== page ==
Think Work Observe, Alberto Moreu and Piero Di Biase. Gaphic design studio based in Udine, Italy.

Hello Alberto Moreu and Piero Di Biase, how are you?

A — Quite busy and waiting for a bit of summer but I’m definitely fine thanks.
P — Everything’s fine, I’m waiting for summer too.

Can you introduce yourselves?

A — We started TWO in December 2011, after many lunches together spending time talking about a common project. I was quitting with my old studio where I met Piero some years ago. He didn’t like to stay too much in the same place, so he moved, but we kept in contact and when it happened I had to make a personal work, I asked him if he would like to help me. We then started sharing and in the end he came out with this acronym Think Work Observe, and we thought it was so brilliant and we just needed to start.

P — I’m 39 years old, I’m a self-taught graphic designer and since few years (I’m trying to be) a type designer. After some experiences in graphic agencies I’ve started to work as a freelance in 2007, after a couple of years I met Alberto and we started the TWO project. We basically are two designers that share works, thoughts, suggestions and sometimes beers.

Where does your interest in graphic design and type design come from?

A — I did so many things before coming back to what I did as a child, that is drawing. I always said that I would be a graphic designer but I was quite lucky in having the chance to start working. Since the beginning, I’ve always been more attracted by composition with words: type design came quite obviously from this urge.

P — I’ve started quite late to work as a designer (I was 24 years old) but I’ve always been attracted by shapes and type. If I had to say what pushed me to become a designer I would say music artworks, they created a lot of interest in my starting life as a designer.

Typography is a core tool of your work, isn’t it?

A — I think a designer should be able to use every tool, not just the one he is more comfortable with, but it’s true that we pay a lot of attention to letterforms. You haven’t got often great images, but you can always produce great letterforms.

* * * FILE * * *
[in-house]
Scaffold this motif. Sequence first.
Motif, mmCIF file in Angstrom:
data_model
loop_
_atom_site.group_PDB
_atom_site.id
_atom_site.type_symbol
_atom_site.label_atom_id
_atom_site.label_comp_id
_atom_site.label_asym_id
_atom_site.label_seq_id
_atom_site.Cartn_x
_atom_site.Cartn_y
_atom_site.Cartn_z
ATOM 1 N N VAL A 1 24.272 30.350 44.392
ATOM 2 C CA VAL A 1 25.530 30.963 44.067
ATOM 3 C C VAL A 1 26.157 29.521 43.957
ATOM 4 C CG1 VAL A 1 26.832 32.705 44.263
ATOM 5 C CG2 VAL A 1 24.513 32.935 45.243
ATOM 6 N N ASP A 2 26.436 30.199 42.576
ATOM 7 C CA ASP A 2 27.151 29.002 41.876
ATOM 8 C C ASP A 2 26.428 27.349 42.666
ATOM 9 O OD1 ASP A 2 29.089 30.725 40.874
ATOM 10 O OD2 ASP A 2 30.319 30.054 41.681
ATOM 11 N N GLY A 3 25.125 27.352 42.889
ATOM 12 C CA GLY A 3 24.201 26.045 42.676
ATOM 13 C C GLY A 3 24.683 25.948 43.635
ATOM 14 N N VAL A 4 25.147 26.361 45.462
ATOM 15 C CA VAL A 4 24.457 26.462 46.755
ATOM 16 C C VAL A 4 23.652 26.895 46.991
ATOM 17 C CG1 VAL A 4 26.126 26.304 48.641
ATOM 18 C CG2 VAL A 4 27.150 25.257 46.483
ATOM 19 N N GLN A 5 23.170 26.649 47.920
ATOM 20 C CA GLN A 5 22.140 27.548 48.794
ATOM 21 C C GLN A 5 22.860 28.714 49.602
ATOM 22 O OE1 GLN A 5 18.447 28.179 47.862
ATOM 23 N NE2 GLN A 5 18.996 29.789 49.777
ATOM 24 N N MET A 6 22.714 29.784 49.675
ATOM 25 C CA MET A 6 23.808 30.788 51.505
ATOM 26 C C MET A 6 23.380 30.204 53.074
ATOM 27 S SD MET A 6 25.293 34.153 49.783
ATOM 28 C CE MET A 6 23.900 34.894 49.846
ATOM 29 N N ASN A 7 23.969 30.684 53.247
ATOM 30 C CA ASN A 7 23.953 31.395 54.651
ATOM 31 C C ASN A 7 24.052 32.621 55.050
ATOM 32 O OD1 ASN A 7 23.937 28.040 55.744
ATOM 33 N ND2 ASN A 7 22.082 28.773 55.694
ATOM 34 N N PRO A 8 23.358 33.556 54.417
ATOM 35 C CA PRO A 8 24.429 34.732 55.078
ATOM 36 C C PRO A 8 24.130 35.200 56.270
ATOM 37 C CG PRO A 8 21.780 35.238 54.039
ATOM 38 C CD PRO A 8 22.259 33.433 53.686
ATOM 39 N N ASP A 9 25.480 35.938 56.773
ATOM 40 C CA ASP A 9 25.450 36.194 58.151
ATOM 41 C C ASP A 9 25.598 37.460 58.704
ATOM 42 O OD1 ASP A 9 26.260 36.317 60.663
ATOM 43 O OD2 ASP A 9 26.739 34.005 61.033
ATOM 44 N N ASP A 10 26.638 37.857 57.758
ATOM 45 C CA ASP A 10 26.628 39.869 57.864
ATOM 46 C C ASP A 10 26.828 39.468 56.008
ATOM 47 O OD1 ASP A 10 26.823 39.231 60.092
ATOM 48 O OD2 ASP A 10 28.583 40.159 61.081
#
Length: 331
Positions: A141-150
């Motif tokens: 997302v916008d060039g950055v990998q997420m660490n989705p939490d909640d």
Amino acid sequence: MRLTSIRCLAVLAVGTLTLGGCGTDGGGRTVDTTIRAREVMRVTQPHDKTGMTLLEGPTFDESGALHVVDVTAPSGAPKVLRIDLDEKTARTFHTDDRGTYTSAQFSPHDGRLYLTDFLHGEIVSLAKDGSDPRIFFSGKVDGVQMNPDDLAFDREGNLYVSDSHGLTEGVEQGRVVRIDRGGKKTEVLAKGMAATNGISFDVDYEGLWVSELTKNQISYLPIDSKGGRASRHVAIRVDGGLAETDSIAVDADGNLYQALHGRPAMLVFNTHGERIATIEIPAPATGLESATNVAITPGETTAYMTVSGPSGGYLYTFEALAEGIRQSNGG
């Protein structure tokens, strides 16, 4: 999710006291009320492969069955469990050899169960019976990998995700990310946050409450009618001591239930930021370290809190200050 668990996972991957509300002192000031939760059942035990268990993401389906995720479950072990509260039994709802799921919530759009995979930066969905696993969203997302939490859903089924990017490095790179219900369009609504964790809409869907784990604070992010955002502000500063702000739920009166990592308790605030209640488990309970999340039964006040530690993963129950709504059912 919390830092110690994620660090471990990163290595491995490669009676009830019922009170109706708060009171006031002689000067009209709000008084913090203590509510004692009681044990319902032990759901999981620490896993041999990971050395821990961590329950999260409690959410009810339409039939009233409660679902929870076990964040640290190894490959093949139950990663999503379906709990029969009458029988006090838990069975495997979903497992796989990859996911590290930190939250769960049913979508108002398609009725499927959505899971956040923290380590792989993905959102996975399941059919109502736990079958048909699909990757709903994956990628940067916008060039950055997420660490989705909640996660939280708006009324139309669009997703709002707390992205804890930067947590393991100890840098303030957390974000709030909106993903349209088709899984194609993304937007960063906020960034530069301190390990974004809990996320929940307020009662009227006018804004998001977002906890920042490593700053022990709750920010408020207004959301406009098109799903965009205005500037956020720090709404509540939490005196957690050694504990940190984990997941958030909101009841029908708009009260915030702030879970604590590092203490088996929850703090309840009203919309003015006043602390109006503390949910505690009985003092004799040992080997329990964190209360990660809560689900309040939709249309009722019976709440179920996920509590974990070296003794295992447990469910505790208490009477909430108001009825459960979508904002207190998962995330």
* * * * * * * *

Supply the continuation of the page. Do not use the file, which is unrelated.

P — Yes typography is one of the most important elements of our design, few years ago we did a side project and we’ve spent time trying to test our skills and style making simple and experimental typefaces. Today we want to have a new approach, working in a more complex way and producing good fonts with complete families. We’re also thinking to start our own Foundry in the next months but I don’t want to reveal too much.

Can you tell us more of how you work together?

A+P — We work on different aspects of the project, we see design problems from different point of views: it happens that by sharing we see far more solutions.

Do you use your own typefaces on graphic design projects?

A+P — More and more. We have the need to customize our work and to use the forms we’ve found with, as we have a clear idea of what we want. The part of producing letters is often the part we like the most.

What do you think about the connexion between architecture and type design?

A — I think it’s a matter of relationships. Both got inner relationships, i.e. the form of the letter, and a context, that’s to say how the single element is influenced by environment. In the end, it is the notion of beauty and ugly. A pure question of context.

P — Connection was quite strong in the past, Bauhaus period is a good example where architecture and type design followed the same concepts, in the last years I think different fields gave new motivations to type designers, especially with the digital world and Internet.

Is there any designer you appreciate a lot?

A — Charles and Ray Eames.
P — Yes I appreciate many designers but I’m more curious about the work of some artists like Laurence Weiner, Guy De Cointet or Marcel Broodthaers.

Which books are on your bedside tables?

A — “The Last Word” by Hanif Kureishi, “Tycho’s Nova” by Tomato, “Project Vitra” by Rolf Fehlbaum and Cornel Windlin, “Delta of Venus” by Anaïs Nin, “Marc Jacobs Advertisements 1998–2009” by Jurgen Teller.

P — Capote’s “Cold Blood” and an old Letraset catalogue.

The last word…

A — Fin.
P — Ciao.



Interview : Dennis Moya & Tiffany Baehler – 07.14

Pictures ©Think Work Observe.